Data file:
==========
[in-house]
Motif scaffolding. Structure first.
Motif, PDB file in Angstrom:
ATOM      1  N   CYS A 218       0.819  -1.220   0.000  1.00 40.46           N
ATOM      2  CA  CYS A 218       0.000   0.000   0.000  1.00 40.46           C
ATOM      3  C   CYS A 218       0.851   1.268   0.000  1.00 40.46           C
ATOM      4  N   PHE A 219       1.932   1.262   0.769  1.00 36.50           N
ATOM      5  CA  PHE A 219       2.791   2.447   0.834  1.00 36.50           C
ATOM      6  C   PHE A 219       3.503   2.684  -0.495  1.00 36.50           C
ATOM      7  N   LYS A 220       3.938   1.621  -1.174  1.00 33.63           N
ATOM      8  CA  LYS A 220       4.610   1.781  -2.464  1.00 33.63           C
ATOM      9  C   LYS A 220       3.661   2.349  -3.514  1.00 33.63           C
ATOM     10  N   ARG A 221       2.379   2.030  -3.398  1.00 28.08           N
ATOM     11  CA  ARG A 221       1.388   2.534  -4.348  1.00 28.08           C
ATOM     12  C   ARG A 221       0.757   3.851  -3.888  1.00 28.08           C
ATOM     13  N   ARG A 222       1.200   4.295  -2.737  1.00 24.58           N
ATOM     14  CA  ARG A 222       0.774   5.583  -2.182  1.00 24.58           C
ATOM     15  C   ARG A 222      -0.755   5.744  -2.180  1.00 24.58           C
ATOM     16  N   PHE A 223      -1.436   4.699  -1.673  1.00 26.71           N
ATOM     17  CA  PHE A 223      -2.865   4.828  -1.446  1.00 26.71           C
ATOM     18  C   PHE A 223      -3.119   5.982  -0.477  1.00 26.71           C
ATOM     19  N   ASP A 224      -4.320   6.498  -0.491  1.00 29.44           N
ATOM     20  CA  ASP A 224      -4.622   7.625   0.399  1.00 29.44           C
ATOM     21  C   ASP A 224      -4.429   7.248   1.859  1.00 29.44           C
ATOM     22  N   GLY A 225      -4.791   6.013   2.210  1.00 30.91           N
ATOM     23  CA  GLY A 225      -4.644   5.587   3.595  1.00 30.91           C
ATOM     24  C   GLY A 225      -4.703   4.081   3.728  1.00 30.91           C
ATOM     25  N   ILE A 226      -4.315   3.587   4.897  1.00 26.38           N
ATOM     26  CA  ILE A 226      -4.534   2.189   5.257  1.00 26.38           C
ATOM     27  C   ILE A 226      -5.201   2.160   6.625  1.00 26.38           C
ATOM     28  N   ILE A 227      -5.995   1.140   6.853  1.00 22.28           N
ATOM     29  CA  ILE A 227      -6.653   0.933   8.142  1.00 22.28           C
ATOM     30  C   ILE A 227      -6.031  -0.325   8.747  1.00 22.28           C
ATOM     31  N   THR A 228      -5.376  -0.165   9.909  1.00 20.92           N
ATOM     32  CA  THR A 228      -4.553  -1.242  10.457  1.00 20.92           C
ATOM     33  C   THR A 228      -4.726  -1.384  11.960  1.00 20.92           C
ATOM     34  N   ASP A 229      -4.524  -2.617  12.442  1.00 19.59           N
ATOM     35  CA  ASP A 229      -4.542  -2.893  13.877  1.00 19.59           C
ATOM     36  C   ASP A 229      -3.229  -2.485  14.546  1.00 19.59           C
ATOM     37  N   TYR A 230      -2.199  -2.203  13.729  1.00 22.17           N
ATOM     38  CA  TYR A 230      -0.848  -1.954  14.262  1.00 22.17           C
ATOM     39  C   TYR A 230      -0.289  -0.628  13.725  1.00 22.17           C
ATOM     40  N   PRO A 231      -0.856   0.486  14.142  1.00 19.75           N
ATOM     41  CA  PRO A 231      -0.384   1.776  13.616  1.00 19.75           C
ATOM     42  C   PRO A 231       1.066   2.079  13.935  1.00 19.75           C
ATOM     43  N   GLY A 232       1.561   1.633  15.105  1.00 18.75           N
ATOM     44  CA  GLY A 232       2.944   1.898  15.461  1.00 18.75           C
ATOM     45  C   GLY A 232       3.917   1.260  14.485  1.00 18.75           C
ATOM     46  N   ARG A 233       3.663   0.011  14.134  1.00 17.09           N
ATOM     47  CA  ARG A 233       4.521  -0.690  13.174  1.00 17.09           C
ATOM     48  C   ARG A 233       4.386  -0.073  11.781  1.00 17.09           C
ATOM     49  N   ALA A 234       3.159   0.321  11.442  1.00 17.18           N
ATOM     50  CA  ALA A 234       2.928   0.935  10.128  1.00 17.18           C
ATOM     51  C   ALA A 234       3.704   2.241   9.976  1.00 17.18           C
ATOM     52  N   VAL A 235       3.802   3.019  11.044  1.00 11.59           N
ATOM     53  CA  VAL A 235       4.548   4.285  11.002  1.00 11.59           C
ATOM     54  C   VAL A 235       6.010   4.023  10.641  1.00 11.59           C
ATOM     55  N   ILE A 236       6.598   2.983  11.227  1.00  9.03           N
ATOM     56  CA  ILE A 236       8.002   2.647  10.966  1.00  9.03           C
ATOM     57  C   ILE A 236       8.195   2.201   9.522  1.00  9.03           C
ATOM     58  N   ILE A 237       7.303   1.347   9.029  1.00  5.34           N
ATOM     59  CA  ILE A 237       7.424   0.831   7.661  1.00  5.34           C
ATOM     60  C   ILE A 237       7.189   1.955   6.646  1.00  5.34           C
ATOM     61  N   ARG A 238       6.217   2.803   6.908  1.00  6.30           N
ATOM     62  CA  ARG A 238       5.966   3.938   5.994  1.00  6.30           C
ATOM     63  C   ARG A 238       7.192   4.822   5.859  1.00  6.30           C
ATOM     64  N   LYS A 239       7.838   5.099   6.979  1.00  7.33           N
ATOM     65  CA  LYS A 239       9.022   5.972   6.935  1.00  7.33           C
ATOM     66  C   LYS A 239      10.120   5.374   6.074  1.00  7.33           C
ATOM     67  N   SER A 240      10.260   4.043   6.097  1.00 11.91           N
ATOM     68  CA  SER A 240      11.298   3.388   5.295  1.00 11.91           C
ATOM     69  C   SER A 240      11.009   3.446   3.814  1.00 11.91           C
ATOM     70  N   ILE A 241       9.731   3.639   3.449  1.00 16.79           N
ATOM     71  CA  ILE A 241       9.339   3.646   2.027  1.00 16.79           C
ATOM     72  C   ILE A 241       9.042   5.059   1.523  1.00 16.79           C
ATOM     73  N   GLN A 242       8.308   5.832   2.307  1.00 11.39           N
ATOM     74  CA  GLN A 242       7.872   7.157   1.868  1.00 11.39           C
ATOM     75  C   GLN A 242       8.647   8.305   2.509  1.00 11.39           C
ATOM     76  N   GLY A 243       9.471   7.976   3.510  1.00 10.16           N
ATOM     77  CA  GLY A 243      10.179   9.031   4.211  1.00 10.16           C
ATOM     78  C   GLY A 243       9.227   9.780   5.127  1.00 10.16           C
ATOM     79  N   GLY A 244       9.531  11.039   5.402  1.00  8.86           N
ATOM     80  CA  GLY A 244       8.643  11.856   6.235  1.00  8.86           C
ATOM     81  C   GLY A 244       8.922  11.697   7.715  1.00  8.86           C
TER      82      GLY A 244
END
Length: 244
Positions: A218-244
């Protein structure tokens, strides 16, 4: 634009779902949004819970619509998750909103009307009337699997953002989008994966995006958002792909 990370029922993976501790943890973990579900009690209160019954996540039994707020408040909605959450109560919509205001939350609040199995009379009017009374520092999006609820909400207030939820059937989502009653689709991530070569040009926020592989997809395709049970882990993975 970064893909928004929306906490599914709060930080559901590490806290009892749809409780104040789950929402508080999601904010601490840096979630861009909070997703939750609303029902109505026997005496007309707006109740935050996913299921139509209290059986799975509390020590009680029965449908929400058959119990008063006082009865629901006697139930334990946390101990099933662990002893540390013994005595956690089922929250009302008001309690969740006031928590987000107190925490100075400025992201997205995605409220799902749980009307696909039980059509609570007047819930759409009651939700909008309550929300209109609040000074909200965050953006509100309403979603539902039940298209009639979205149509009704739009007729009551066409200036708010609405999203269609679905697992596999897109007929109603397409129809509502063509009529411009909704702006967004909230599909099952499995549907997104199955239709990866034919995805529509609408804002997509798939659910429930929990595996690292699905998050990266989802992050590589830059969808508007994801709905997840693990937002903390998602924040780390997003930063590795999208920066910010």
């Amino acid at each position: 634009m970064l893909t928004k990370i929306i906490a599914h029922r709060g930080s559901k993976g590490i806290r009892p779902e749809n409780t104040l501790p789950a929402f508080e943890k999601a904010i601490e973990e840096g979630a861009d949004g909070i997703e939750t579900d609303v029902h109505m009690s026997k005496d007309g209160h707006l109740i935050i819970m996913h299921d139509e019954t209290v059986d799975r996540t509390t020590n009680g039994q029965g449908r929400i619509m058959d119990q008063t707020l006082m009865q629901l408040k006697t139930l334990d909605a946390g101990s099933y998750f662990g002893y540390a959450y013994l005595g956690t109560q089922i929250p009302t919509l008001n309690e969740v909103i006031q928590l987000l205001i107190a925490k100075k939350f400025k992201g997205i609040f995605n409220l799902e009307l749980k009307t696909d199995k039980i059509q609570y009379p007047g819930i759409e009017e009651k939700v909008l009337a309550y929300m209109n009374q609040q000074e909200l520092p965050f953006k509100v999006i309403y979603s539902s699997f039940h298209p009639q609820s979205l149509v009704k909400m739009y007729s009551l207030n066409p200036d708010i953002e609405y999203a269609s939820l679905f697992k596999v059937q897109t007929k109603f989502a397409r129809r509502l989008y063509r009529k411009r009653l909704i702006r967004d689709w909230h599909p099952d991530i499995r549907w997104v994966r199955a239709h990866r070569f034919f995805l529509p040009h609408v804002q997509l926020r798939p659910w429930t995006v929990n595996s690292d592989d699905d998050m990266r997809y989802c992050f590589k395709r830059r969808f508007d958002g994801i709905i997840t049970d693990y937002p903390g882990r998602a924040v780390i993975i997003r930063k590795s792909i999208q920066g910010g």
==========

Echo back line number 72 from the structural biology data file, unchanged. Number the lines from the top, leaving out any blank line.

ATOM     69  C   SER A 240      11.009   3.446   3.814  1.00 11.91           C